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McKenna: I wasn't happy

Tyrone's prodigal son is home and ready for next chapter, writes Donnchadh Boyle


BACK HOME: Tyrone Footballer Conor McKenna at AIB’s launch of the GAA All-Ireland Senior Football Championship. Pic: Sportsfile

BACK HOME: Tyrone Footballer Conor McKenna at AIB’s launch of the GAA All-Ireland Senior Football Championship. Pic: Sportsfile

BACK HOME: Tyrone Footballer Conor McKenna at AIB’s launch of the GAA All-Ireland Senior Football Championship. Pic: Sportsfile

With Conor McKenna, there is no filter. Tyrone's prodigal, prodigious son makes no attempt to self-edit.

So ask him about homesickness and he'll tell you he once left the pitch at an Essendon training camp and started to cry.

Talk to him about professionalism and he'll tell you that at the end, he realised he was only staying for the money. Quiz him on missing out on big days with Tyrone and he'll reveal that there were days where he could tell that his friends were conflicted.

As Tyrone men, they were rooting for their county. As McKenna's friend, they didn't want Tyrone to win, knowing how hard he'd take missing out on it.

That straightforwardness is a trait has won him admirers but it raises bristles too. In interviews Down Under, he'd be asked about the GAA and home and he'd tell them the plan was to go back - and sooner rather than later.

It made Essendon uneasy to hear one of their star men talk so publicly about life outside of pro sport and away from the club.

But it was what was in his head and his heart. So it was what was going to come out of his mouth.


"It was something they (the club) weren't really a fan of. I was always open about, in any interview I ever did over there, they always asked and I said, 'I'm not a lover of Australia' or, 'I'm not a lover of the game', 'It's something I want to do on a part-time basis'.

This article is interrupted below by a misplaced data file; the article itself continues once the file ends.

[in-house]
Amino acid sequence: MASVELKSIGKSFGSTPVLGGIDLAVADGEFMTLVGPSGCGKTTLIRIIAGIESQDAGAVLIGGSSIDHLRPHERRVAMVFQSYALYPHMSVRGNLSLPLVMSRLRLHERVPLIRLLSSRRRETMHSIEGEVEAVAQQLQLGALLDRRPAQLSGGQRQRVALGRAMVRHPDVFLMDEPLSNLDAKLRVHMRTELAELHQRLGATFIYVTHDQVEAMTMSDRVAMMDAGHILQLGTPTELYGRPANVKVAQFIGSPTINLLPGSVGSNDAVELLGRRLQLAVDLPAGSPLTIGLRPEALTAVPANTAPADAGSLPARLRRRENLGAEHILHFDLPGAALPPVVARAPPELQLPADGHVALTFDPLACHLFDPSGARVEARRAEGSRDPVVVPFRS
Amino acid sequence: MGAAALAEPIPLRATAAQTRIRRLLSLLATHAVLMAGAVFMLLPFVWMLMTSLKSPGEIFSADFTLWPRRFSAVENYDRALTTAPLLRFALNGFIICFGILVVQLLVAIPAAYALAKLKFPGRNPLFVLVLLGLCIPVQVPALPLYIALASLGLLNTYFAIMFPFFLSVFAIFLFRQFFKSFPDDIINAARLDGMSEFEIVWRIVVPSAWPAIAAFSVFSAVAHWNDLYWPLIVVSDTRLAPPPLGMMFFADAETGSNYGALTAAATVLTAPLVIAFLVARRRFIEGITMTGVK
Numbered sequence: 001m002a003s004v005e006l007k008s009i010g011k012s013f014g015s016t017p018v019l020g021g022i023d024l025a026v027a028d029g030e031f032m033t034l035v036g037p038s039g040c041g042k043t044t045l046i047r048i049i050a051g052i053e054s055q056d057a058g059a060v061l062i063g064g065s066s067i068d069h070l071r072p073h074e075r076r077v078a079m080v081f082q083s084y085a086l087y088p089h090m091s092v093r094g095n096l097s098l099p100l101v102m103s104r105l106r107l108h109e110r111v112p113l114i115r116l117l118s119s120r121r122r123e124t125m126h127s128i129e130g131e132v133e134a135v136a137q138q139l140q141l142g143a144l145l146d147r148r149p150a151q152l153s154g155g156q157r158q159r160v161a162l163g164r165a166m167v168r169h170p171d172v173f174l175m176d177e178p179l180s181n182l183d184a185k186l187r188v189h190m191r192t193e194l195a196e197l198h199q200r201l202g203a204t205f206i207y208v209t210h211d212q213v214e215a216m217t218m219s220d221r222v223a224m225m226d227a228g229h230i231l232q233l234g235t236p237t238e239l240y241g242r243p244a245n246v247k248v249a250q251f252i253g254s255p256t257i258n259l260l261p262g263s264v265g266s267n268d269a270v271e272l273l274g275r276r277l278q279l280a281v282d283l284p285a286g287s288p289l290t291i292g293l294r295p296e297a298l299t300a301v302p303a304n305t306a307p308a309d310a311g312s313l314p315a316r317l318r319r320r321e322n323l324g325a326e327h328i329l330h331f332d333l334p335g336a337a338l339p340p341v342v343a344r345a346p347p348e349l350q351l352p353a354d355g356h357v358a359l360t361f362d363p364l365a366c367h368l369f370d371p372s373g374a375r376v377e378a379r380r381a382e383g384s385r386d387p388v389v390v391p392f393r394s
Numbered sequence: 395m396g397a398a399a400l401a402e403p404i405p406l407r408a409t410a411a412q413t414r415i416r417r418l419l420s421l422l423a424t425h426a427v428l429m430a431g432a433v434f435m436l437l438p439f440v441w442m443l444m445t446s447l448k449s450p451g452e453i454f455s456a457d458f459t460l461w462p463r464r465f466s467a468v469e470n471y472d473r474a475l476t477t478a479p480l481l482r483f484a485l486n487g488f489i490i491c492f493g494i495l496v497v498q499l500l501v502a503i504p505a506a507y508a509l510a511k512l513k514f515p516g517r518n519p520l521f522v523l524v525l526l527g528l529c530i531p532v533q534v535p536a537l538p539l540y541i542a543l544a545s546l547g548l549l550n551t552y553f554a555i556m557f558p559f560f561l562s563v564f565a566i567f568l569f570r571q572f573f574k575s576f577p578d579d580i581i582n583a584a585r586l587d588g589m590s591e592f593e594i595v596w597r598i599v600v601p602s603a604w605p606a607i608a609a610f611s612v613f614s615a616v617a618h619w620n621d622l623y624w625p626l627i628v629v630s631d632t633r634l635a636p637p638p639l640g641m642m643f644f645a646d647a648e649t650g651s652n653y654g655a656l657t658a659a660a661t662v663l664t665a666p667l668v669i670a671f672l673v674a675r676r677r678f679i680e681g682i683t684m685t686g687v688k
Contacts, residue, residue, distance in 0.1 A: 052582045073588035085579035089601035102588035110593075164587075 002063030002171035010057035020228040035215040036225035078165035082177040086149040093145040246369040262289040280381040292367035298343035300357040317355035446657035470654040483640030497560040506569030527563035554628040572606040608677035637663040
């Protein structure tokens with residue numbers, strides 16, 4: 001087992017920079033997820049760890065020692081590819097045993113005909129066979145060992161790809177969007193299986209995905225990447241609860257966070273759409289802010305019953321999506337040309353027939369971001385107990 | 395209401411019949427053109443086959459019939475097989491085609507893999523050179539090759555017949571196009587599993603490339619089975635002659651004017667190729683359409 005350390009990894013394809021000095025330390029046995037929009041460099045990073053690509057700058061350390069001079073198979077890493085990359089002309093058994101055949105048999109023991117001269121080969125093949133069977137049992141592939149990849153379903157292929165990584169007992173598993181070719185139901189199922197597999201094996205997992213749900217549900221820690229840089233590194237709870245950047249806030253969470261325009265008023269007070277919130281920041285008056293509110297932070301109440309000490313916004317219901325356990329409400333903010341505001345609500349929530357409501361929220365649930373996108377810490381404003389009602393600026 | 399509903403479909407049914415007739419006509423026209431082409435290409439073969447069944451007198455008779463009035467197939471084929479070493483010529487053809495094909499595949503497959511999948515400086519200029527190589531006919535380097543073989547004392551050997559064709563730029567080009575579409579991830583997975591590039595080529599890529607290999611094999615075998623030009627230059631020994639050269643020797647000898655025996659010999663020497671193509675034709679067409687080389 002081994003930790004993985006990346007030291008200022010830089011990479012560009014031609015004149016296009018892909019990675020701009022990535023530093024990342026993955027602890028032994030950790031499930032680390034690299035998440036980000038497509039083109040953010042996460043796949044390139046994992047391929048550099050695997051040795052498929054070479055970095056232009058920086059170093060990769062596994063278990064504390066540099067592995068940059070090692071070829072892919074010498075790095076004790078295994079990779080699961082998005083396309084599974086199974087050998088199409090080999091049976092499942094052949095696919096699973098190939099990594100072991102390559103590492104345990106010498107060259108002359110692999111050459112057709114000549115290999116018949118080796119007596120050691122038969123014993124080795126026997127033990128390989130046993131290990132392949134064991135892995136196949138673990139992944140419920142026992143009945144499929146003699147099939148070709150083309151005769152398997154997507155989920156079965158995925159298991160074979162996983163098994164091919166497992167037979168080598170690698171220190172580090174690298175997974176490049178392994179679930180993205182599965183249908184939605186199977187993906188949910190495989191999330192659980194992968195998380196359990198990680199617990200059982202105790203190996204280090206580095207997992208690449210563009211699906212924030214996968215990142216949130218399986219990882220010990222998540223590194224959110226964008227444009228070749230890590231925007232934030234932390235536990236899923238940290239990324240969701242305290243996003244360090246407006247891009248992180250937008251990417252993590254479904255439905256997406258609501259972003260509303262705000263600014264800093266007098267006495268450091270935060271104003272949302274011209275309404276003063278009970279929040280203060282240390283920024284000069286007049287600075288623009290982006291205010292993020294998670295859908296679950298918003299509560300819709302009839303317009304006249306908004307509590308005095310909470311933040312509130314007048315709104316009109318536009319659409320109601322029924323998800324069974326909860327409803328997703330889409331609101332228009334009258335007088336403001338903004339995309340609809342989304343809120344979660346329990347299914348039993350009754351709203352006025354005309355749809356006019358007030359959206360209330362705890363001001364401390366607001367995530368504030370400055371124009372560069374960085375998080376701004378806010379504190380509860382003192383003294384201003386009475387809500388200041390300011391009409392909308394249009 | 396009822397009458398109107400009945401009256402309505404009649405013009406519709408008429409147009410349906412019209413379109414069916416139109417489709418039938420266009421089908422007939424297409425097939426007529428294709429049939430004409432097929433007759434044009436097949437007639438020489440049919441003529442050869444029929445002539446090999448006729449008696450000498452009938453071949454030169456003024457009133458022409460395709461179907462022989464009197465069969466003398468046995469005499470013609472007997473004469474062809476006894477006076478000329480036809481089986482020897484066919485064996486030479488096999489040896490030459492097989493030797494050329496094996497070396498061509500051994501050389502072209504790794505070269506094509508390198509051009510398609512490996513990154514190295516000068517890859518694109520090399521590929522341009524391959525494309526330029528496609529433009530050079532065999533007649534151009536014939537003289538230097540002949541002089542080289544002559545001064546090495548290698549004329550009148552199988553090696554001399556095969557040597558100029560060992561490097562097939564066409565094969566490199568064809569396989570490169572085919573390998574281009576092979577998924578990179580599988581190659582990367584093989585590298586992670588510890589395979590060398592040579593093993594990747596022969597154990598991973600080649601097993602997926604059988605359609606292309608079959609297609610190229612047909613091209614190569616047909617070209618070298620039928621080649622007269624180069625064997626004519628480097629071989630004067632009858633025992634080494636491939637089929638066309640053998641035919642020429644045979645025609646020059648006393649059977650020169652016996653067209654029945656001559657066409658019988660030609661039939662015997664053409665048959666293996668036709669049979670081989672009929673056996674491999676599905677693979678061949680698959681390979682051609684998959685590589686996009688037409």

"And I sort of always knew that. So it was never a shock to anybody when I was going to retire. It just sort of a matter of when."

By his own admission, the club bent over backwards to try keep him happy and then they bent a little more. They excused him last year to attend his brother's wedding.

When he lined out for Eglish without permission, there was only a mild public admonishment. They even let him train with the Wolfe Tones GAA club in Melbourne in the hope he'd come around.

"When I was homesick over there this year, they were just trying different things to see how I could be happier. I said I'm going to go train with my brother's Gaelic football team on a Tuesday night, to try it.

"They said no problem. So instead of a Tuesday, training with the AFL, I had to go in, do the meetings, then go back home, wear a GPS to the Gaelic session and do it with them.

"So it only lasted three weeks. It didn't really make a big difference. I was loving playing Gaelic but I still wasn't happy. So I came home then. But, yeah, the club let me do it which was pretty amazing."

On reflection, McKenna's mind was made up last Christmas. Heading back to Australia after a stint at home always filled him with dread, but with time, he'd settle back into the rhythm of life in Oz.